Sex Ed

The G-Spot Isn’t What You Think It Is

March 28, 2018 by Justin Lehmiller

Few aspects of genital anatomy have sparked as much scientific debate as the so-called G-spot (also known as the Grafenberg spot). Some researchers have argued that it is a distinct anatomic site, claiming to have found definitive evidence for its existence, whereas others have argued that the evidence behind such claims is far from convincing.

For example, a 2012 case report published in the Journal of Sexual Medicine described the G-spot as a “well‐delineated sac with walls that resembled fibroconnective tissues and resembled erectile tissues.” By contrast, a review paper published in the same journal in 2012 concluded that “objective measures have failed to provide strong and consistent evidence for the existence of an anatomical site that could be related to the famed G‐spot.”

So what’s the deal? Is the G-spot a distinct part of female genital anatomy or not?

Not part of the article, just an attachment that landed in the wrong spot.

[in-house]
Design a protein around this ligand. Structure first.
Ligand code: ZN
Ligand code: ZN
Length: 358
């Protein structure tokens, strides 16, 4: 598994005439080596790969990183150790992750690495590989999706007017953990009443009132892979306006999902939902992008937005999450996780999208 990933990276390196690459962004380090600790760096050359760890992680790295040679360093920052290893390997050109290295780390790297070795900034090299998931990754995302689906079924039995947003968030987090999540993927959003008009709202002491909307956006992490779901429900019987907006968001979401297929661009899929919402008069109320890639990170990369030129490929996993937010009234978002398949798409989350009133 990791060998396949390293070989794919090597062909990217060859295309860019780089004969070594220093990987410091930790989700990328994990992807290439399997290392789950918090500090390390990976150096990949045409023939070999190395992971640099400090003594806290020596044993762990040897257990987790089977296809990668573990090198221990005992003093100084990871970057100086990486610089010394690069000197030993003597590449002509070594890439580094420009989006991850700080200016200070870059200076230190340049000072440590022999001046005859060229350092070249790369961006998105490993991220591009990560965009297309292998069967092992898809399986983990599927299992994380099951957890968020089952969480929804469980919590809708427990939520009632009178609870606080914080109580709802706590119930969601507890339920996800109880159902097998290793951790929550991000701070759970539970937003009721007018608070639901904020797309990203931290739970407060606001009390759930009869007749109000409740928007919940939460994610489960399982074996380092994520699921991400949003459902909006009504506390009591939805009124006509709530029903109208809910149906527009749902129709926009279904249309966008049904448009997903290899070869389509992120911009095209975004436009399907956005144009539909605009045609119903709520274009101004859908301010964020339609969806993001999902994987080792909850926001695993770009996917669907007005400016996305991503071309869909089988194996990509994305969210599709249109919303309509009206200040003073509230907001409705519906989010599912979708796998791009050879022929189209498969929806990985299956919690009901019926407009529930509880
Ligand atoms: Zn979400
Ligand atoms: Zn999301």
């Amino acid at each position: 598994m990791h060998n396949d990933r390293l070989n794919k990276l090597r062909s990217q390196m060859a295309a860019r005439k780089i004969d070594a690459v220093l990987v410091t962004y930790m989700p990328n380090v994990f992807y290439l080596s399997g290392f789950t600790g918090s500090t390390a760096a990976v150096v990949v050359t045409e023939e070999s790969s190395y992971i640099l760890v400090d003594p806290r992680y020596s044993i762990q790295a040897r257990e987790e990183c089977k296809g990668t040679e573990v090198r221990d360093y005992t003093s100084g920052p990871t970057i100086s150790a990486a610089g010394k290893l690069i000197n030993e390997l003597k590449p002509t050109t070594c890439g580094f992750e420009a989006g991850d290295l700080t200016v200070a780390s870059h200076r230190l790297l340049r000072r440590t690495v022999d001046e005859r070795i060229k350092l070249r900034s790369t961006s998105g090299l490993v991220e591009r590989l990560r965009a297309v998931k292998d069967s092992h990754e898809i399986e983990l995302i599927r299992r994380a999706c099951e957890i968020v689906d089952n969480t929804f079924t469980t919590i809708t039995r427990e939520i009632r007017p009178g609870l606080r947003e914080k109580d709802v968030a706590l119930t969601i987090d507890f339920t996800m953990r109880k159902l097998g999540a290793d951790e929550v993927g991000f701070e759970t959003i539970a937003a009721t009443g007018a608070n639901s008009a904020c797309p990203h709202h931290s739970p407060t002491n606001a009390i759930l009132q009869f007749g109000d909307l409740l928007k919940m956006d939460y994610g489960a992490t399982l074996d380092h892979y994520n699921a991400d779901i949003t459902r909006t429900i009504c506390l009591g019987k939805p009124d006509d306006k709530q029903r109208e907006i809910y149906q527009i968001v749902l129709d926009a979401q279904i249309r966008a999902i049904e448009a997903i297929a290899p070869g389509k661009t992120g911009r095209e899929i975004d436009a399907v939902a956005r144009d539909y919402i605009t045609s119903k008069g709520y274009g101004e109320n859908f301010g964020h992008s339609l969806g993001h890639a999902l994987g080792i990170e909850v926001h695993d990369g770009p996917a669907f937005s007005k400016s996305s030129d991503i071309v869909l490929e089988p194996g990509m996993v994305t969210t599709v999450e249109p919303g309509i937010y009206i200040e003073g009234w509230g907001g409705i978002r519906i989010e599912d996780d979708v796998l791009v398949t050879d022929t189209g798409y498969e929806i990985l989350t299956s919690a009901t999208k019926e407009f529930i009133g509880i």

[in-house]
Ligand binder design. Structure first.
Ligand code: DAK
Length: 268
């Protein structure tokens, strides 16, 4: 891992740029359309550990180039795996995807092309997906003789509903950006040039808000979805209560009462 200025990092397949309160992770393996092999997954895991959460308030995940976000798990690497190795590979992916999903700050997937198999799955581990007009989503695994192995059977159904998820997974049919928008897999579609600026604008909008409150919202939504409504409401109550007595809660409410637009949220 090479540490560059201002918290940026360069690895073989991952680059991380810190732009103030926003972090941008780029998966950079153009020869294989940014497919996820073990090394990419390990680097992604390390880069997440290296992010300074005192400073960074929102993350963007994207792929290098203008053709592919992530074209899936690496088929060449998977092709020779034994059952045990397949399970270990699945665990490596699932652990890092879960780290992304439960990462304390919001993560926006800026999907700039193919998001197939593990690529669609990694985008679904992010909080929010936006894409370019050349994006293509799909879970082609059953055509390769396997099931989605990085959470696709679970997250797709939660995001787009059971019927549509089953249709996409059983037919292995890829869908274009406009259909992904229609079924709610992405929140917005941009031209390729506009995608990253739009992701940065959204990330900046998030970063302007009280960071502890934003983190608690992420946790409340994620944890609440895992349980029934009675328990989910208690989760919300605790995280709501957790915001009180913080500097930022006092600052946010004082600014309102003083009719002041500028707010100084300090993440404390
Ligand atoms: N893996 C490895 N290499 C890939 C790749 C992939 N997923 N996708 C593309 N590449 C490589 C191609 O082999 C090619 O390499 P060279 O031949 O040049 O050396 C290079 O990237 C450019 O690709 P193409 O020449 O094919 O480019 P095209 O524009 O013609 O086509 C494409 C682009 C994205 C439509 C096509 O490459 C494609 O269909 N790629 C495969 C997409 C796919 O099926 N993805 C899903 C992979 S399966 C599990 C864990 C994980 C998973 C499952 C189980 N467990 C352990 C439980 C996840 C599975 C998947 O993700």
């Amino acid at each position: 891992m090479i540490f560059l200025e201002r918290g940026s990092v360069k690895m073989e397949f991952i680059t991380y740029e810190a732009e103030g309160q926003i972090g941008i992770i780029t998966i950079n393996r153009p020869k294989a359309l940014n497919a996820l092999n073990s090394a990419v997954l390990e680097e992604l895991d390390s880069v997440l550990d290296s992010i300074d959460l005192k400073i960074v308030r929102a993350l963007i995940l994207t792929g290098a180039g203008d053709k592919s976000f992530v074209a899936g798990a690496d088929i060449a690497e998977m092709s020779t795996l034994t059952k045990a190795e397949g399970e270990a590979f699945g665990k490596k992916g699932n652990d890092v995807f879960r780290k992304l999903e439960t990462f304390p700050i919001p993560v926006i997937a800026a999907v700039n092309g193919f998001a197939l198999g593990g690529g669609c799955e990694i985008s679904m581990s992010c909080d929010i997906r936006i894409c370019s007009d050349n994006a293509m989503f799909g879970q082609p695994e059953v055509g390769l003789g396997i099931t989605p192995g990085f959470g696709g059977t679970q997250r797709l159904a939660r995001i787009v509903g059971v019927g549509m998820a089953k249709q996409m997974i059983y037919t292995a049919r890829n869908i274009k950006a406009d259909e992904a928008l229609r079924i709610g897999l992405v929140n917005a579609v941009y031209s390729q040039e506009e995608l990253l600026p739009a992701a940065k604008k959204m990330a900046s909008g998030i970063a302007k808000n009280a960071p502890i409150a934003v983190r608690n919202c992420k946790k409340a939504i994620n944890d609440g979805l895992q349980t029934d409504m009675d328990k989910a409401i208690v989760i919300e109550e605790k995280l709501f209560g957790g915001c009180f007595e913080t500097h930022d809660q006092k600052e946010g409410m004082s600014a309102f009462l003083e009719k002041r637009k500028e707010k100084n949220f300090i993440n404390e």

A new study aimed to clear things up by providing one of the largest and most thorough anatomic explorations ever of this area. This study is the subject of my latest column over at TONIC and it was based on the results of 13 post-mortem dissections of the front wall of the vagina (note that the G-spot is usually described as being on the front wall of the vagina, about one-third of the way inside).

The results of this investigation turned up no evidence of a unique anatomic structure corresponding to the G-spot (at least not one that the researchers could see macroscopically, or with the naked eye). The findings suggest that perhaps rather than thinking of the G-spot as a unique structure within the genital region, it may instead be better thought of as the area where the internal part of the clitoris, the urethra, and vagina all happen to intersect.

To learn more about this study, check out the full article over at TONIC.

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For more on this research, see: Hoag, N., Keast, J. R., & O’Connell, H. E. (2017). The “G-Spot” Is Not a Structure Evident on Macroscopic Anatomic Dissection of the Vaginal Wall. The Journal of Sexual Medicine, 14(12), 1524-1532.

Image Source: 123rf/Vyacheslav Volkov

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Written by
Dr. Justin Lehmiller
Founder & Owner of Sex and Psychology

Dr. Justin Lehmiller is a social psychologist and Research Fellow at The Kinsey Institute. He runs the Sex and Psychology blog and podcast and is author of the popular book Tell Me What You Want. Dr. Lehmiller is an award-winning educator, and a prolific researcher who has published more than 50 academic works.

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